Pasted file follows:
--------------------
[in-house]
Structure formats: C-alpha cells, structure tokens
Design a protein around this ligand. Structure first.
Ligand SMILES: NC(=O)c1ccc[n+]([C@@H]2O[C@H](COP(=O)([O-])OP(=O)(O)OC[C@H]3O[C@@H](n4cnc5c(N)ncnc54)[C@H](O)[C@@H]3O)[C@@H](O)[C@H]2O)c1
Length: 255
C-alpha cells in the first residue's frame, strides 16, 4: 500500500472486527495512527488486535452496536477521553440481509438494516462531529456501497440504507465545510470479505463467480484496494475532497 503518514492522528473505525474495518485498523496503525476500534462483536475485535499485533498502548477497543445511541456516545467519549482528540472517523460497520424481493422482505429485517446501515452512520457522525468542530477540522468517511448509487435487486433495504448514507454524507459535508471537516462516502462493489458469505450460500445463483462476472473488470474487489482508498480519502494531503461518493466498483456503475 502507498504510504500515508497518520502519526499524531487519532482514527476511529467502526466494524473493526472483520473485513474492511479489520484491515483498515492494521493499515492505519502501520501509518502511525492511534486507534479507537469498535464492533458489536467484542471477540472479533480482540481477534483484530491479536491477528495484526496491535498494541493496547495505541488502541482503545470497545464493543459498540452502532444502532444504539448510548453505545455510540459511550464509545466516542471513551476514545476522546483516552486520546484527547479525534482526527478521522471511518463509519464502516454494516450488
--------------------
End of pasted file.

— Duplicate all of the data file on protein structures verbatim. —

[in-house]
Structure formats: C-alpha cells, structure tokens
Design a protein around this ligand. Structure first.
Ligand SMILES: NC(=O)c1ccc[n+]([C@@H]2O[C@H](COP(=O)([O-])OP(=O)(O)OC[C@H]3O[C@@H](n4cnc5c(N)ncnc54)[C@H](O)[C@@H]3O)[C@@H](O)[C@H]2O)c1
Length: 255
C-alpha cells in the first residue's frame, strides 16, 4: 500500500472486527495512527488486535452496536477521553440481509438494516462531529456501497440504507465545510470479505463467480484496494475532497 503518514492522528473505525474495518485498523496503525476500534462483536475485535499485533498502548477497543445511541456516545467519549482528540472517523460497520424481493422482505429485517446501515452512520457522525468542530477540522468517511448509487435487486433495504448514507454524507459535508471537516462516502462493489458469505450460500445463483462476472473488470474487489482508498480519502494531503461518493466498483456503475 502507498504510504500515508497518520502519526499524531487519532482514527476511529467502526466494524473493526472483520473485513474492511479489520484491515483498515492494521493499515492505519502501520501509518502511525492511534486507534479507537469498535464492533458489536467484542471477540472479533480482540481477534483484530491479536491477528495484526496491535498494541493496547495505541488502541482503545470497545464493543459498540452502532444502532444504539448510548453505545455510540459511550464509545466516542471513551476514545476522546483516552486520546484527547479525534482526527478521522471511518463509519464502516454494516450488